One Iraqi's View of the Constitution
It's the details that matter in Baghdad Burning as often as the opinions expressed.
You can almost taste the messy tooki fruit, and picture the old swing, the fence and the frustrating neighbor behind it.
The author of the blog goes by Riverbend, and her work is full of gems -- some uplifting, others disturbing -- about life in today's Iraq from the perspective of a 20-something Iraqi woman living in the capital. (Here's a bit about her and her blog, and about the spoof blog that once tried to take her on.) Her discussion of the proposed constitution, like her writing over the last two years, is nuanced and compelling.
It seems, for example, that Iraqis share with Americans the widespread attitude that one little vote doesn't really matter. Riverbend relates her neighbor's reaction when encouraged to read the text of the proposed constitution -- she used it to sweep away the tooki fruit, then handed it back, stained and unread.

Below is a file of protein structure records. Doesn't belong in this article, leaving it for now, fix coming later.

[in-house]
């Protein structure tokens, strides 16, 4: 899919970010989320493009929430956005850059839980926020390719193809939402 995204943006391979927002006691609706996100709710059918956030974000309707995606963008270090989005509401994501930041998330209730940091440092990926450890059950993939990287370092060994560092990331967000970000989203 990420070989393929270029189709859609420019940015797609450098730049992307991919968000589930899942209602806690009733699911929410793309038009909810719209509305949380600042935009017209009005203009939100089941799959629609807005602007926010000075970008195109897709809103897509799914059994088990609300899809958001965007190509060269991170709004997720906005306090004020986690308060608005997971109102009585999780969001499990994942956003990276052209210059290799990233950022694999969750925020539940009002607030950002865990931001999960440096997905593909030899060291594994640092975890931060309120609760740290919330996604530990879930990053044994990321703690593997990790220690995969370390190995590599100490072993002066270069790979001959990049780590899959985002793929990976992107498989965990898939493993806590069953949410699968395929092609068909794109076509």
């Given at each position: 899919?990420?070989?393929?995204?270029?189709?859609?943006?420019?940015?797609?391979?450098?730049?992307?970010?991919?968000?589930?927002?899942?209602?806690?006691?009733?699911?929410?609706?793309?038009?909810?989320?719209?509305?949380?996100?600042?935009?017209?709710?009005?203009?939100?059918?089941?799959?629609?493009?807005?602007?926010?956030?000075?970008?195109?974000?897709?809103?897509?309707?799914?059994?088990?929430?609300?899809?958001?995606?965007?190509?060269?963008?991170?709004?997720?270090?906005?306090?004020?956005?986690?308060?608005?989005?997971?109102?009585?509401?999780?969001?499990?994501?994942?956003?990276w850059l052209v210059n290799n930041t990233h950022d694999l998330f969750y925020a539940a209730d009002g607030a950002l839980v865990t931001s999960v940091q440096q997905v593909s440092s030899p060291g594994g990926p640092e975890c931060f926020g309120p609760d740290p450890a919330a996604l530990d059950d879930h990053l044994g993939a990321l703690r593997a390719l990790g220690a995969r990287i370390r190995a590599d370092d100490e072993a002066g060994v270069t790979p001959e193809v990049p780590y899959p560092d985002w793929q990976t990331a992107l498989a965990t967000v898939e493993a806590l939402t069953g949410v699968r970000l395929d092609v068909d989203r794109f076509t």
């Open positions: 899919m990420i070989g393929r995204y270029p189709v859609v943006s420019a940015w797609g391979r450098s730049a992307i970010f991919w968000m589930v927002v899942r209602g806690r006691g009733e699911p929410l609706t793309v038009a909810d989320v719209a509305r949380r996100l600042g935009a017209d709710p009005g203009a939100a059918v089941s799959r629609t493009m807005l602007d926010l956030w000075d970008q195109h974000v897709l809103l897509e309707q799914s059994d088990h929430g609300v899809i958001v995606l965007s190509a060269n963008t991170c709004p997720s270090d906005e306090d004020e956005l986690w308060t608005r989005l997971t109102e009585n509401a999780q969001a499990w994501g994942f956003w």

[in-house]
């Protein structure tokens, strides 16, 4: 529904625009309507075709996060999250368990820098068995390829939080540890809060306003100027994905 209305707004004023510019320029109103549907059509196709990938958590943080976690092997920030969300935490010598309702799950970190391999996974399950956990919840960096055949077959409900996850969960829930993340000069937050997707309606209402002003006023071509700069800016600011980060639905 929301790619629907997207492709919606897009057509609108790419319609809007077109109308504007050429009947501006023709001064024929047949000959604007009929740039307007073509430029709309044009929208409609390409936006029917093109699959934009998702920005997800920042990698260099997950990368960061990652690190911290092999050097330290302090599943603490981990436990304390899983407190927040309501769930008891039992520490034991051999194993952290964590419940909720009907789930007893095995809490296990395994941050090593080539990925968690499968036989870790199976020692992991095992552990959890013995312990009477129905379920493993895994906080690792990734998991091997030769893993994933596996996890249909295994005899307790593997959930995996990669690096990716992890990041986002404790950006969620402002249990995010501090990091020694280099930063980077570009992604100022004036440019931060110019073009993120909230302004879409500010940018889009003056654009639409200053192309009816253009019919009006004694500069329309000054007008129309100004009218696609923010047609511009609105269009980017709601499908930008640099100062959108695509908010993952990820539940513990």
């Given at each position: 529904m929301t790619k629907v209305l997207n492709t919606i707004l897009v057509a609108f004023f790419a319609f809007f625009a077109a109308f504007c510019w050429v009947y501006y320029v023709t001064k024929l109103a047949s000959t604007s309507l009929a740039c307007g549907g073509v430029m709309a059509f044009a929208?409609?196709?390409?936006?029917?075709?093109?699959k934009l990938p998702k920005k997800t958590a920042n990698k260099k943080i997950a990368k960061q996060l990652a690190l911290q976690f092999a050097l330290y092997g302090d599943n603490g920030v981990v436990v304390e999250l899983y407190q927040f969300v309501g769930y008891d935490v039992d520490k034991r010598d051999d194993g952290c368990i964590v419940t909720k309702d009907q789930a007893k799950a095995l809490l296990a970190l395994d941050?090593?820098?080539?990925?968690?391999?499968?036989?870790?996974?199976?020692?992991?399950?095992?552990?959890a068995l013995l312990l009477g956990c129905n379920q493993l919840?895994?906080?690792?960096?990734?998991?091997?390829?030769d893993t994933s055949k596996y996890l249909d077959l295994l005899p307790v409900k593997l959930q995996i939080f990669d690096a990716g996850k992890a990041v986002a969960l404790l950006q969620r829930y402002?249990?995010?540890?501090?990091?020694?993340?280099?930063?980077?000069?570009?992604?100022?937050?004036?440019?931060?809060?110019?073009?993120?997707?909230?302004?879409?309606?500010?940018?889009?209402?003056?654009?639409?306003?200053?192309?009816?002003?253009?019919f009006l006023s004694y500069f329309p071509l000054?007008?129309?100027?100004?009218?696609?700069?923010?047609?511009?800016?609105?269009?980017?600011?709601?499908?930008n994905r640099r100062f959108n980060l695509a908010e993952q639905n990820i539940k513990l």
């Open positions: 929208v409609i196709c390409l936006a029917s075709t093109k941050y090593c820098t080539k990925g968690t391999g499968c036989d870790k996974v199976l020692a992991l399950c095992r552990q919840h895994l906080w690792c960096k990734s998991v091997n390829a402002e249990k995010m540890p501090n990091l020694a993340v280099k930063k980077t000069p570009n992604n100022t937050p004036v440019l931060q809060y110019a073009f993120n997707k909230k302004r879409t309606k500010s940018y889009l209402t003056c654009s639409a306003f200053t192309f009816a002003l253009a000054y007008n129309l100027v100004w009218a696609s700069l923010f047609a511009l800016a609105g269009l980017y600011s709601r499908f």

Riverbend claims that Iraqi forces are threatening Sunnis in an effort to keep them away from the polls. And those on all sides who are planning to vote, Riverbend says, have already made up their minds "based not on personal convictions, but on the fatwas and urgings of both Sunni and Shia clerics." And as for women's rights? They "aren't a primary concern for anyone, anymore," she writes. "People actually laugh when someone brings up the topic. 'Let's keep Iraq united first'," they say.
Most troubling was her last line:
Rights and freedoms have become minor concerns compared to the possibility of civil war, the reality of ethnic displacement and cleansing, and the daily certainty of bloodshed and death.
Think about that. The rights and freedoms that American leaders say we went into Iraq to establish (putting aside those phantom weapons of mass destruction that were the original rationale for invading) pale in comparison to the very real threat of violence that Iraqis face every day. Riverbend's picture is of a people living in fear -- or, where they've gotten past their fear, convinced that their fate is entirely out of their hands.
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